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Thread: "Edbert, 10, Excels at Cursive. Should Other Students Follow His Lead?"

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    Senior Member FredRydr's Avatar
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    Default "Edbert, 10, Excels at Cursive. Should Other Students Follow His Lead?"

    Another cursive in the schools article: https://www.nytimes.com/2019/12/17/n...riting-nj.html

    “After they got rid of handwriting, now they’re all rediscovering it...People mistakenly assumed because we had computers, we didn’t need handwriting. We need both.”
    Last edited by FredRydr; December 17th, 2019 at 04:55 AM.

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    Senior Member azkid's Avatar
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    Default Re: "Edbert, 10, Excels at Cursive. Should Other Students Follow His Lead?"

    Maybe if we hadn't been saddled with those accursed ballpoints, more people would have found handwriting enjoyable and had been less willing to give it up.

    Creating a grocery list or a quick refrigerator note or whatnot is much easier to do with paper and pen/pencil than hauling out a phone or laptop, launching an app, and typing.

    I feel like a lot of times people fall into the hammer nail problem with tech. They have a shiny gadget and have to figure out how to use it for everything, because Technology!

    Or is that just because I grew up at the beginning of the PC revolution?

    Keep in mind I am an IT professional and one of my hobbies is building robots and have dreamed of making my own astromech droid for 30 years now...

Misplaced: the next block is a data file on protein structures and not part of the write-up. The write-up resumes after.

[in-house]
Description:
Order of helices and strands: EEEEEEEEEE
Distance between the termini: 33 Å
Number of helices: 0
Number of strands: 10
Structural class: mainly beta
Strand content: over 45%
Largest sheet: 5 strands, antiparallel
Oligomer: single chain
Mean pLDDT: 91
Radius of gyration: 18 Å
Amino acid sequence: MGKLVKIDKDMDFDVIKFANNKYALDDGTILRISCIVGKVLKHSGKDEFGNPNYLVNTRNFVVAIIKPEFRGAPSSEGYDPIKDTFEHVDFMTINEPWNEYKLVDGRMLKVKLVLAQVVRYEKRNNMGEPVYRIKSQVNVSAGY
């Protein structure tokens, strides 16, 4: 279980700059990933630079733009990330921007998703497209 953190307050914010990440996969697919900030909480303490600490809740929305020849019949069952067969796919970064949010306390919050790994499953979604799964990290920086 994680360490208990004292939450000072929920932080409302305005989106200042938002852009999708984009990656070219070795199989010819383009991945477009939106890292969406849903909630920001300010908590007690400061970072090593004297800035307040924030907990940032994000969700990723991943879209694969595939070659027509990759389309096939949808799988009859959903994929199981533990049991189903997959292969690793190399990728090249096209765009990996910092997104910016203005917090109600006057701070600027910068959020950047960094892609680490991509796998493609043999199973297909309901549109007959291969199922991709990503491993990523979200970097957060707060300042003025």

Anyway...

    Interesting excerpt from the article:

    Putting a pencil or pen to paper helps form an impression in a child’s brain and is beneficial for early literacy, regardless of whether the letters are printed or written in script, Professor Berninger said. But her studies have shown a connection between the linked letters in cursive writing and improved spelling proficiency.

    “We think those connecting strokes help children link the letters into word units, which helps their spelling,” she said. Handwriting, she said, also allows children to write fluidly and quickly, which can lead to longer stories and essays.

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    Default Re: "Edbert, 10, Excels at Cursive. Should Other Students Follow His Lead?"

    Well, duhhhh......

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    Default Re: "Edbert, 10, Excels at Cursive. Should Other Students Follow His Lead?"

    Why the development of cursive represents such a significant step forward for the human race:


    Quid rides? Mutato nomine de te fabula narratur. — Horace
    (What are you laughing at? Just change the name and the joke’s on you.)

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    Default Re: "Edbert, 10, Excels at Cursive. Should Other Students Follow His Lead?"

    Two of my 8 year old grand daughters asked for pens like I have. I got the Pelikan Twists. They write in cursive as taught by their school.

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    Default Re: "Edbert, 10, Excels at Cursive. Should Other Students Follow His Lead?"

    Good for Edbert. While waiting for institutional schools to come to their senses, there are innumerable resources for teaching cursive at home at the kitchen table. We used Kickstarter’s Cursive Logic and picked it up over the summer before third grade.
    "Nolo esse salus sine vobis ...” —St. Augustine

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    azkid (December 17th, 2019)

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    Default Re: "Edbert, 10, Excels at Cursive. Should Other Students Follow His Lead?"

    I was in an antique mall ( of all places) and the highschooler checking me out made it very clear his displeasure that the tags on the items bought were in cursive!

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    VertOlive (December 18th, 2019)

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